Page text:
„We produce energy on the Lichtwiese campus very efficiently and in an ecologically exemplary way – and we are even capable of meeting more stringent legal requirements in future.“
Primary energy factor
The primary energy factor tells us how much primary energy (energy that comes from natural, as yet unprocessed sources, for example petroleum, natural gas and coal) must be used to produce a certain quantity of usable final energy: the lower the factor, the more efficient and environment-friendly the energy input.
Distributed energy supply
Distributed energy supply means the energy is produced near the point where it is consumed. The simultaneous generation of electricity and heat, and cold as well (combined power and heat generation or combined power, heat and cold generation), enables attaining high energy utilization rates of as much as 90 percent. In addition, transmission losses caused by the transport of energy are reduced. Distributed energy supply additionally relieves the load on the interregional power grids. STEAG operates more than 200 such installations across Germany.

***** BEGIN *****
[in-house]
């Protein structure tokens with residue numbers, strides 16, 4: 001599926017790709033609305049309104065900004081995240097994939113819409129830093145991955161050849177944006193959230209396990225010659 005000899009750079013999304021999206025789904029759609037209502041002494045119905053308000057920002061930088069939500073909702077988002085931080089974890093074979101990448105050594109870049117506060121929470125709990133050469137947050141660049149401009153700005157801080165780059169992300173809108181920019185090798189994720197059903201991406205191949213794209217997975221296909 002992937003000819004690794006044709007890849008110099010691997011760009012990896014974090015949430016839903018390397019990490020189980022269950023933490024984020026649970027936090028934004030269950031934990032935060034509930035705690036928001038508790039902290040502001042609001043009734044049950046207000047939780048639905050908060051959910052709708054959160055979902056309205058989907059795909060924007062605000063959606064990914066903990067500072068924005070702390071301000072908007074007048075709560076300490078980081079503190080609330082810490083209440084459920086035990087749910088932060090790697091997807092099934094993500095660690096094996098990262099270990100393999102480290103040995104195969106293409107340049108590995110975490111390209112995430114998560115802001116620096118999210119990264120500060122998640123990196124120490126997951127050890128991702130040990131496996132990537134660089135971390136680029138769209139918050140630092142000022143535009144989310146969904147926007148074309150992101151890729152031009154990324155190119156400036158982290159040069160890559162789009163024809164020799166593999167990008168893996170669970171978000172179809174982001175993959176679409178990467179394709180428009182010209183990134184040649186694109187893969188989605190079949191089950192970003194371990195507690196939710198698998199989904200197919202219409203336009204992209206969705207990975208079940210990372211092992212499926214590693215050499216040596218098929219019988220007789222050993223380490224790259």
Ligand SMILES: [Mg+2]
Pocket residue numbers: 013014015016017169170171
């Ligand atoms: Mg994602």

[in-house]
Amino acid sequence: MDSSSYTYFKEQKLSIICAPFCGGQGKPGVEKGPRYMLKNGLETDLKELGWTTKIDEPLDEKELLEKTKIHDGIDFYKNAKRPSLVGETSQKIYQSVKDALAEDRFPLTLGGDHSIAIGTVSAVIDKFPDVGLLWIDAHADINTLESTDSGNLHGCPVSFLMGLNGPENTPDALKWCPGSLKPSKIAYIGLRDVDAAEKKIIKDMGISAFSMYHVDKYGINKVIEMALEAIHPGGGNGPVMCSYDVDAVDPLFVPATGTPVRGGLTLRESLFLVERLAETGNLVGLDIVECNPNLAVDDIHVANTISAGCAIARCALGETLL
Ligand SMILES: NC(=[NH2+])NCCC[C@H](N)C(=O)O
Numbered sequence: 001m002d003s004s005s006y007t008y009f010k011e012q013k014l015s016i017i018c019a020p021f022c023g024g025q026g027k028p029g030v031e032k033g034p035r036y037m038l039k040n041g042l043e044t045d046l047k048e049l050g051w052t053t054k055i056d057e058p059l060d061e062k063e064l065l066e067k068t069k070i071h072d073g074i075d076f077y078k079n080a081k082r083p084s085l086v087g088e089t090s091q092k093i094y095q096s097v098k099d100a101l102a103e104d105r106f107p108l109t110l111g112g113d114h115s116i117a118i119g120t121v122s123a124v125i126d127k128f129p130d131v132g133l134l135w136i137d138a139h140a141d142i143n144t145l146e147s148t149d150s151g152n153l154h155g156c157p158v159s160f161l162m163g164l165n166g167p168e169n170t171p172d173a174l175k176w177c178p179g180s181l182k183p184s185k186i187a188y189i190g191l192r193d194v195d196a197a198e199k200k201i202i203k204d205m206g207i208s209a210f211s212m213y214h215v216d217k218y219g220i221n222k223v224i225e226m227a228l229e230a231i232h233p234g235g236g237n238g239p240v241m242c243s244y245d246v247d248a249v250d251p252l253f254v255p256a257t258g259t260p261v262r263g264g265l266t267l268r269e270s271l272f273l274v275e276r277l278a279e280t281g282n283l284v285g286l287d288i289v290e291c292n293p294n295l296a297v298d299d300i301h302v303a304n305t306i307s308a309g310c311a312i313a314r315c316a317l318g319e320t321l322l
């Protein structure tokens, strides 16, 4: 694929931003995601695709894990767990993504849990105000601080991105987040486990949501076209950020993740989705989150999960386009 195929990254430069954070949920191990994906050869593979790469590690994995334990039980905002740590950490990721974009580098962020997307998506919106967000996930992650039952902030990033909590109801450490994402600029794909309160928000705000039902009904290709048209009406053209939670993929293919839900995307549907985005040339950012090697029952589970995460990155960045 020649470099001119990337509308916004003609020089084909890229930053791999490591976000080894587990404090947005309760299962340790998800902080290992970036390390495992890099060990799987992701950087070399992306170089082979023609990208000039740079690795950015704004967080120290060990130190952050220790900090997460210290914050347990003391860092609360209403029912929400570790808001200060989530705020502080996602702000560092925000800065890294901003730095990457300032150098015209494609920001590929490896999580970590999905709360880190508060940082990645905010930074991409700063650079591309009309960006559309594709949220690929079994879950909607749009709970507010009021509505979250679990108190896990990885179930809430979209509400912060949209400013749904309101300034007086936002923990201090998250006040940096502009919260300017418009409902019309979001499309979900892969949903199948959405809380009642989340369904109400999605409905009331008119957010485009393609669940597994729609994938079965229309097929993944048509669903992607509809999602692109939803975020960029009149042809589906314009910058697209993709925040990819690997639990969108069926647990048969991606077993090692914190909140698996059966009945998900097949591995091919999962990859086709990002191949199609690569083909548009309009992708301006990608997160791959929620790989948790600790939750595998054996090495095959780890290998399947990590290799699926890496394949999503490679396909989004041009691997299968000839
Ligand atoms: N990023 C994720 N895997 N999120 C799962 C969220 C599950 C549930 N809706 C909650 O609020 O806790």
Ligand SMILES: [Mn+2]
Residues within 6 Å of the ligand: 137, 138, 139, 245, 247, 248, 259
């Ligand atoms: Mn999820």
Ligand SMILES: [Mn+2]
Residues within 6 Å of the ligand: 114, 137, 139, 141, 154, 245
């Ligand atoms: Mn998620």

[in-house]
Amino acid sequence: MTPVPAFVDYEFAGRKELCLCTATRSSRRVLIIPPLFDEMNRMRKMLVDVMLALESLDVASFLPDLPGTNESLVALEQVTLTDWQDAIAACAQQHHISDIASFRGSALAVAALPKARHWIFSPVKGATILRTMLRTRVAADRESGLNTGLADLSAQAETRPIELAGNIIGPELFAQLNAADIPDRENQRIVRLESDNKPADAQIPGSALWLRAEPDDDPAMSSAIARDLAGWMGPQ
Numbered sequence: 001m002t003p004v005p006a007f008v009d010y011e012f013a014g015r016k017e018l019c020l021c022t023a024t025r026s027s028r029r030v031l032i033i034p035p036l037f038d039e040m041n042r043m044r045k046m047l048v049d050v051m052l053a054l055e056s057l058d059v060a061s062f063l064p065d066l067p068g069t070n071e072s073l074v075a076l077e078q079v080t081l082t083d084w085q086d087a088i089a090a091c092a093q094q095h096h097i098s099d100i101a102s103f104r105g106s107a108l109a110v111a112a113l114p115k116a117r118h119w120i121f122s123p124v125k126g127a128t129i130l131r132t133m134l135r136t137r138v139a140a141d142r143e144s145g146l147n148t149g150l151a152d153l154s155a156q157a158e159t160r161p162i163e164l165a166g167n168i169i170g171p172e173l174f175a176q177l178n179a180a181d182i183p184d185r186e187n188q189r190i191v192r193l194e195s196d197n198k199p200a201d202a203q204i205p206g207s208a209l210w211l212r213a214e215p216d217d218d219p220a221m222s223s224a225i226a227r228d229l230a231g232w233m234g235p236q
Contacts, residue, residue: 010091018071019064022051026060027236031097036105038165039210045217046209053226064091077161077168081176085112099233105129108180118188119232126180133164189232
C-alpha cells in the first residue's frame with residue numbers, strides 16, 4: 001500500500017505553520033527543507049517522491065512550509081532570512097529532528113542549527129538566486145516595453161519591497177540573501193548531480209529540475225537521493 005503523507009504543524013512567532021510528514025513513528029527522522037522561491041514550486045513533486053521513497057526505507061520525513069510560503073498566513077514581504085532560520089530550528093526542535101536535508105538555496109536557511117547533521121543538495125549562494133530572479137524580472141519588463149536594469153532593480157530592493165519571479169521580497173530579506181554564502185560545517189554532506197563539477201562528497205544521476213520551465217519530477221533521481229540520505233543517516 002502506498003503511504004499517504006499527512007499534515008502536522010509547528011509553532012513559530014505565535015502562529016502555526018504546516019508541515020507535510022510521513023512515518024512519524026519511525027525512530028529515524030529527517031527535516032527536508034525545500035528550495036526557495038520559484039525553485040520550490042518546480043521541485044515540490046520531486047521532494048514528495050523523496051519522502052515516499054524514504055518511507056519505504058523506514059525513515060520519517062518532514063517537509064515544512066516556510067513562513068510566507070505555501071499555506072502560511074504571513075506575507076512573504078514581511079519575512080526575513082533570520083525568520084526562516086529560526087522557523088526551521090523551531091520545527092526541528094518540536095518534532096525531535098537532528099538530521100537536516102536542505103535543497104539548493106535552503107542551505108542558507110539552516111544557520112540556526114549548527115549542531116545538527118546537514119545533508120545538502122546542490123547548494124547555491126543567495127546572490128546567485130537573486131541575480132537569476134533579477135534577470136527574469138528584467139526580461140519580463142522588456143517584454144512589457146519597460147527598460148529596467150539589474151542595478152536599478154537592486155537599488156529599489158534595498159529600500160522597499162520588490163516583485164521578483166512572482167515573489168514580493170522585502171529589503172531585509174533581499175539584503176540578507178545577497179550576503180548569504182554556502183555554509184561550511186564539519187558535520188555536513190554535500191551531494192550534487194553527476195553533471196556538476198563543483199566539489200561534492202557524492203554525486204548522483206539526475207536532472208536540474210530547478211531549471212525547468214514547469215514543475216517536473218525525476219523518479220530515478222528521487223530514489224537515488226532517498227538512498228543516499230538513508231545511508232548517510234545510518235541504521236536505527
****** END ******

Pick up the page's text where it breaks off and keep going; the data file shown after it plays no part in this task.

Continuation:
It all began in autumn 2013 with first exploratory talks between STEAG New Energies and ENTEGA following the EU-wide invitation to tender from TU Darmstadt. STEAG New Energies had installed the three natural gas CHP units on the Lichtwiese campus some 15 years earlier. It has since then operated them and has become known as a reliable partner. In order to tap further synergies and efficiency potentials, the two companies decided to participate in the tendering procedure as a consortium. Together they developed a concept that went well beyond the stated requirements and convinced TU Darmstadt in every single phase from prequalification to the ultimate conclusion of the contract. Specified in the call for tender was the construction of a new central energy plant with combined power, heat and cold generation and the construction of a new cooling network in order to meet the increased requirements for cooling energy in future with an efficient generation and distribution concept. In addition, the consortium offered to modernize two existing CHP units – and as a unique selling proposition, to connect the district heating system of TU Darmstadt to the Darmstadt-Nord district heating network operated by ENTEGA. The particular advantage of this setup: the heat for the ENTEGA network comes mostly from Darmstadt's refuse-fired cogeneration plant and features an extremely low primary energy factor (see explanation on the left). With the new supply concept, worked out under the direction of technical project manager Dr. Jürgen Schöler and Mike Barthel, TU Darmstadt will achieve overall a very low primary energy factor for its energy supply in future. This not only benefits the environment, but also pays off in economic terms for TU Darmstadt: in the event of future new-build projects and energy-saving rehabilitation measures to existing buildings of TU Darmstadt, as much as ten percent of the construction costs can be saved. Background: For every building the German Energy Saving Ordinance specifies a maximum permissible annual primary energy requirement – and the specified values constantly are being tightened. If the primary energy factor of a building's energy supply is low, requirements are eased for energy-saving measures to be applied to building shell and building management systems. "This unique concept only was made possible by the good interdisciplinary cooperation both within the STEAG New Energies team and in the cooperation with ENTEGA," Ralf Cavelius explains.